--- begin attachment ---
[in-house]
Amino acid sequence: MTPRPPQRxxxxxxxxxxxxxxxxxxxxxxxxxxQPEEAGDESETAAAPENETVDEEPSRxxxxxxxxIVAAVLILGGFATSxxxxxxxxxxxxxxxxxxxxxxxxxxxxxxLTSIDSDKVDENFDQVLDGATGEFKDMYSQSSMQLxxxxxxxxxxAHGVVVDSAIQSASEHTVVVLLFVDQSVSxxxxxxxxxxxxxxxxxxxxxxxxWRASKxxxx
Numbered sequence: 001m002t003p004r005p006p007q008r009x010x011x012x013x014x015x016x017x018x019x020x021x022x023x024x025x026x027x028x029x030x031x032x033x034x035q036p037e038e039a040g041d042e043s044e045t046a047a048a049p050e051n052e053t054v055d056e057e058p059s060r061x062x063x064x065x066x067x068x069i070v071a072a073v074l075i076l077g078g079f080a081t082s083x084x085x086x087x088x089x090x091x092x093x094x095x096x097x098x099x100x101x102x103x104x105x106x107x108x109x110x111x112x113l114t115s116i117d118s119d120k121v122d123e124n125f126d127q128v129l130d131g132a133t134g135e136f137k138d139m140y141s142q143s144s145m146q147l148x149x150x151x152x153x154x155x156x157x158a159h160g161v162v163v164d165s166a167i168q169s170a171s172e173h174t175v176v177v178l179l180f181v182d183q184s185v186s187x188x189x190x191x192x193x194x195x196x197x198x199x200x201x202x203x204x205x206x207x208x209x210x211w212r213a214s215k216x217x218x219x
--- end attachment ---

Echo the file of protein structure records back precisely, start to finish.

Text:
[in-house]
Amino acid sequence: MTPRPPQRxxxxxxxxxxxxxxxxxxxxxxxxxxQPEEAGDESETAAAPENETVDEEPSRxxxxxxxxIVAAVLILGGFATSxxxxxxxxxxxxxxxxxxxxxxxxxxxxxxLTSIDSDKVDENFDQVLDGATGEFKDMYSQSSMQLxxxxxxxxxxAHGVVVDSAIQSASEHTVVVLLFVDQSVSxxxxxxxxxxxxxxxxxxxxxxxxWRASKxxxx
Numbered sequence: 001m002t003p004r005p006p007q008r009x010x011x012x013x014x015x016x017x018x019x020x021x022x023x024x025x026x027x028x029x030x031x032x033x034x035q036p037e038e039a040g041d042e043s044e045t046a047a048a049p050e051n052e053t054v055d056e057e058p059s060r061x062x063x064x065x066x067x068x069i070v071a072a073v074l075i076l077g078g079f080a081t082s083x084x085x086x087x088x089x090x091x092x093x094x095x096x097x098x099x100x101x102x103x104x105x106x107x108x109x110x111x112x113l114t115s116i117d118s119d120k121v122d123e124n125f126d127q128v129l130d131g132a133t134g135e136f137k138d139m140y141s142q143s144s145m146q147l148x149x150x151x152x153x154x155x156x157x158a159h160g161v162v163v164d165s166a167i168q169s170a171s172e173h174t175v176v177v178l179l180f181v182d183q184s185v186s187x188x189x190x191x192x193x194x195x196x197x198x199x200x201x202x203x204x205x206x207x208x209x210x211w212r213a214s215k216x217x218x219x